Helps relieve muscle pain and tension
Helps with back, shoulder, neck and hip pain
Helps to relieve insomnia and sleep issues
Helps with sciatica
Helps to relieve headaches and migraines
Improves nerve system and individual organ function
Helps to speed up injury recovery
Helps with neurological conditions (including numbness and tingling)
Increases emotional balance and feeling of general wellbeing
Helps with overall health in children
Chiropractic is a natural health care discipline, focusing on the relationship between the spine and the nervous system. Chiropractic care corrects the mechanical alignment of the spine and the skeletal system, and its' goal is to optimise the overall function of the body, resulting in improved health, and absence of pain.
This hands-on therapy helps to alleviate any stresses on the spinal cord (and our nervous system) which a misalignment might be causing. When aligned correctly, our complex and delicate nervous system is able to communicate more freely, sending stronger impulses and signals between the brain and the body. As our nervous system is the body’s main ‘control panel’ regulating all of our organs, glands, muscles, blood vessels and tissues in the body, its' optimal functioning is paramount for our health and wellbeing.
Chiropractic does not look to treat only symptoms but to get to the root cause of a problem. Chiropractors use a broad range of methods to diagnose any musculoskeletal problems – they assess our overall health, posture, and our range of movement, taking into consideration not just the spine, but also other joints, and identifying any discrepancies. The treatment itself focuses on aligning the whole body with therapeutic manipulation directed at specific areas of concern, and helping to restore the body’s proper function. Adjustments may be accompanied by the application of heat or ice, rehabilitative exercises, and even counselling about lifestyle factors.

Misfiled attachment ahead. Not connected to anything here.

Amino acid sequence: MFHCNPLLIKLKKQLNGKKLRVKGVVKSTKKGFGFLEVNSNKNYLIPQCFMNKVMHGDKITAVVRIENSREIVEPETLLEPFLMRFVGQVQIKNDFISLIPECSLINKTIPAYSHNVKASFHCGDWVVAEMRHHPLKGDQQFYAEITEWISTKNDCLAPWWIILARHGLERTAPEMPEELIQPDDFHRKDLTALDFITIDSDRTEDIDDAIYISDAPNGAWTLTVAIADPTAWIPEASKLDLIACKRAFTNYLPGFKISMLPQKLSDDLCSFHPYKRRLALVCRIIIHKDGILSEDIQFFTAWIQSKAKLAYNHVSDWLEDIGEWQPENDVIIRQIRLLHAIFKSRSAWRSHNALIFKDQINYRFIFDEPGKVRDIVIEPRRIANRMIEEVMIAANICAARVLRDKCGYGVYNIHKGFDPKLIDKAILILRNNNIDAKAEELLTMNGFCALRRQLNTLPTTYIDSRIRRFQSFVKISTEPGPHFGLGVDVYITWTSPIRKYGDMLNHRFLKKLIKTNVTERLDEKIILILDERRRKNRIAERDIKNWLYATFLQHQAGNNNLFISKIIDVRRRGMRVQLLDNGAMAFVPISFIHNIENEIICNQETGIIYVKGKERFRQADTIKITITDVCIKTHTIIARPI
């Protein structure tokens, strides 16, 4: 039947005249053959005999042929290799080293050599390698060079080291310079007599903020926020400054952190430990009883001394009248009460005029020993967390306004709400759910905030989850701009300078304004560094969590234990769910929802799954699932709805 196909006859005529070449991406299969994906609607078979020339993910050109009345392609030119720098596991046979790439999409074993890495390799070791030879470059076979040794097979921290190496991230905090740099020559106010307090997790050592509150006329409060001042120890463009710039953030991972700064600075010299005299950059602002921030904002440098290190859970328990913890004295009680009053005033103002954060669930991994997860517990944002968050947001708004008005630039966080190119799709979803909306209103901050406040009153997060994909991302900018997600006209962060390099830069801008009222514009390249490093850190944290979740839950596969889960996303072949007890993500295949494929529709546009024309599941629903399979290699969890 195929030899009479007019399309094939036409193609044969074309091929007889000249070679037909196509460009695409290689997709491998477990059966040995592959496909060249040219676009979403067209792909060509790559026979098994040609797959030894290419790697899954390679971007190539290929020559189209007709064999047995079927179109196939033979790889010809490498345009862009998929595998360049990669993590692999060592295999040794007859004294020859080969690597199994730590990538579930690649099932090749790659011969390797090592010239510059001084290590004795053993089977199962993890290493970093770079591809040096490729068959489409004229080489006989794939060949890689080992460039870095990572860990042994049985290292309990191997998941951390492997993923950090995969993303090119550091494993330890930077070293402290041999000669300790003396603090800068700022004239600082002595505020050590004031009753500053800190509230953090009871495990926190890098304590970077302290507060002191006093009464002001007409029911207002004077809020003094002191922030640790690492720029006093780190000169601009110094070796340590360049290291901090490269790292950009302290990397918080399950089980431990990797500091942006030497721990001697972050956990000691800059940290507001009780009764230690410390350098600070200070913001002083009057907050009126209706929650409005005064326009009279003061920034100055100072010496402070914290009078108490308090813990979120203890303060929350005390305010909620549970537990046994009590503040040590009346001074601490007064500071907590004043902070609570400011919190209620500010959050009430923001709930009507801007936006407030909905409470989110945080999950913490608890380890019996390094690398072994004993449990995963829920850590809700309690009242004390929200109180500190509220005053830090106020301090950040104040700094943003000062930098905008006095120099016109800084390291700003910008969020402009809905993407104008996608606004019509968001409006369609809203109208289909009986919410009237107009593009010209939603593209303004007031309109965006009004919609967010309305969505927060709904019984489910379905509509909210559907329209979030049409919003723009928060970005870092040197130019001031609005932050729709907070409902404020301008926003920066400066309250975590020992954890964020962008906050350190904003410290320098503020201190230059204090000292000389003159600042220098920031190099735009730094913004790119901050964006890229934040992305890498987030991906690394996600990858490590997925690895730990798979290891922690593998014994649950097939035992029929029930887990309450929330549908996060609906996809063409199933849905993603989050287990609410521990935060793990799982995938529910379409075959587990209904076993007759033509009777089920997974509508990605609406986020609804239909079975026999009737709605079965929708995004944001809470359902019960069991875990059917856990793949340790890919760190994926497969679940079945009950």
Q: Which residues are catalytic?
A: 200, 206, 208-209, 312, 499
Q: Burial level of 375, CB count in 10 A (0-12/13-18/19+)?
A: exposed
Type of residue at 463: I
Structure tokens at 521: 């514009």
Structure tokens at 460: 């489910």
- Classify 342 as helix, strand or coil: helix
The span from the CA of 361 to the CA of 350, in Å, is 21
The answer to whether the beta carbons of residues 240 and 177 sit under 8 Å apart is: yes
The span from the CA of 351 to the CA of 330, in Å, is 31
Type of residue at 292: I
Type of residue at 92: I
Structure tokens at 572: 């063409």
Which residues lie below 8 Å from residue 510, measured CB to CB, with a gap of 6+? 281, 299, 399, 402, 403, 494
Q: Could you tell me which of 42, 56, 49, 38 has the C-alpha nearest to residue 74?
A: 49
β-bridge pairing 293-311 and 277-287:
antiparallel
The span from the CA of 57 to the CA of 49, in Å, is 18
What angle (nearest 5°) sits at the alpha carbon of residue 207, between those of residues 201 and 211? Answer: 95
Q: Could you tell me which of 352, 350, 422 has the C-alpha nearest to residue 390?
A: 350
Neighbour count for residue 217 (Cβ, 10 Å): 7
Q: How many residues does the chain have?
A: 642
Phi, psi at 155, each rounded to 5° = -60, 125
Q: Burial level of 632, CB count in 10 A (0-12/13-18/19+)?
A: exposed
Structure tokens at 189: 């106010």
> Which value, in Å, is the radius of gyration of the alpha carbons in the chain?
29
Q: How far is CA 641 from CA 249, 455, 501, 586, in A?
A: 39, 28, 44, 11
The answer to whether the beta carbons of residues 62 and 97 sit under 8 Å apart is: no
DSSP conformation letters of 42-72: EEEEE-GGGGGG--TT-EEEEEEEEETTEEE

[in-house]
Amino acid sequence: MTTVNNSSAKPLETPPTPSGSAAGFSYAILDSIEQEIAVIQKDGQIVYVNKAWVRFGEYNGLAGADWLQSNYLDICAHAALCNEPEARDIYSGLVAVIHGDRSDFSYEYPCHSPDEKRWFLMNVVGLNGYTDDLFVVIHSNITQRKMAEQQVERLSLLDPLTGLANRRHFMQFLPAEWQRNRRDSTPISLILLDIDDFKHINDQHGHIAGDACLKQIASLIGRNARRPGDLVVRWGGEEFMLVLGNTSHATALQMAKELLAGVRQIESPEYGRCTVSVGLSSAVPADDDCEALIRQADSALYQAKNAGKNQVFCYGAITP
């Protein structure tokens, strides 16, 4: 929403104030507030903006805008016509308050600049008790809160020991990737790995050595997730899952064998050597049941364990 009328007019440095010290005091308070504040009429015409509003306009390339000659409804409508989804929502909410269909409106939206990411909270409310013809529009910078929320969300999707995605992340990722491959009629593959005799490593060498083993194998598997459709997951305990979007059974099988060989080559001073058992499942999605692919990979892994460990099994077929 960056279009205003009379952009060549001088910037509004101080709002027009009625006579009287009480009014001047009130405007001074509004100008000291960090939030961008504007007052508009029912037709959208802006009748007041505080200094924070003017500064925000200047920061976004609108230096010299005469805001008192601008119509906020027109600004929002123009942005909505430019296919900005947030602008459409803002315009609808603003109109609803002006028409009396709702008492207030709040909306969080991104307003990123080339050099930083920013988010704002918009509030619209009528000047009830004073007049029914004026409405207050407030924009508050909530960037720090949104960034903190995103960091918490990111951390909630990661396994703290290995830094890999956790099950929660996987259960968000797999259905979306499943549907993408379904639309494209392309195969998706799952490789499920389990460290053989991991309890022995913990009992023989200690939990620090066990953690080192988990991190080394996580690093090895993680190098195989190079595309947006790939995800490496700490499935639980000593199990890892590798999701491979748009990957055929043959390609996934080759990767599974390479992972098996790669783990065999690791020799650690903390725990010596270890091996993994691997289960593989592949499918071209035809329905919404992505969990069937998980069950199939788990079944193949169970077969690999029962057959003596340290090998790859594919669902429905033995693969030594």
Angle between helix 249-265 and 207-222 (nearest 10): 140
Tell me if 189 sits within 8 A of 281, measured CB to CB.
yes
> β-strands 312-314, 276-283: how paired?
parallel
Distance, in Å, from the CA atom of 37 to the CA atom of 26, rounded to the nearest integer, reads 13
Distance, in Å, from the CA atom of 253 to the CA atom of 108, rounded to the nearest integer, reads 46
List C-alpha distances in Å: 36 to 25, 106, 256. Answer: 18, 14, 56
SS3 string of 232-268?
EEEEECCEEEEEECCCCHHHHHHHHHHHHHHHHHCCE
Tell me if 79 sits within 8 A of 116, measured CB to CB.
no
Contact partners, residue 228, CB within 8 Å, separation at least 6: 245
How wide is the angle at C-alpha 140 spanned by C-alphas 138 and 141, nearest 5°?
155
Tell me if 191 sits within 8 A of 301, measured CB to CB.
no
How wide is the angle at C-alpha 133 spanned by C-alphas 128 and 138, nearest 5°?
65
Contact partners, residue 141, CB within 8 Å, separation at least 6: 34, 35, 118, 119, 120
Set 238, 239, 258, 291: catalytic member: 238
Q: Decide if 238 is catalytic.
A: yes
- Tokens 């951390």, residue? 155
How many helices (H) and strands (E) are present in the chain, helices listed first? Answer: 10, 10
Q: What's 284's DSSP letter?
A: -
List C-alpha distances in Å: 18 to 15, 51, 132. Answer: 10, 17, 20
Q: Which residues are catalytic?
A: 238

Chiropractic therapy is suitable for all ages.
It is well documented that ancient civilisations refer to spinal manipulations, and even Hippocrates used manipulation in the 5th century BC. The word ‘chiropractic’ comes from the Greek words cheir (meaning ‘hand’) and praktos (meaning ‘done’), i.e. ’done by hand’, and was chosen by the developer of modern chiropractic, Daniel David Palmer (1845-1913). A prolific reader of all things scientific, DD Palmer realised that although various forms of manipulation had been used for thousands of years, no one had developed a philosophical or scientific rationale to explain their effects. Palmer’s major contribution was, therefore, his codification of the philosophy, art and science of chiropractic, which was based on his extensive study of anatomy and physiology.
He performed his initial chiropractic adjustment in September 1895 on a janitor who had become deaf 17 years prior after he felt something “give” in his back. Palmer examined the area and carried out a crude “adjustment” to what was felt to be a misplaced vertebrae in the upper back. The janitor then observed that his hearing improved. Palmer continued to develop chiropractic, and in 1897 opened The Palmer School of Cure.
The 20th century saw the growth and development of chiropractic as a profession world-wide, gaining increasing recognition and respect. Today, it is the third largest independent healthcare profession in the western world, with more than 100,000 active chiropractors currently practising.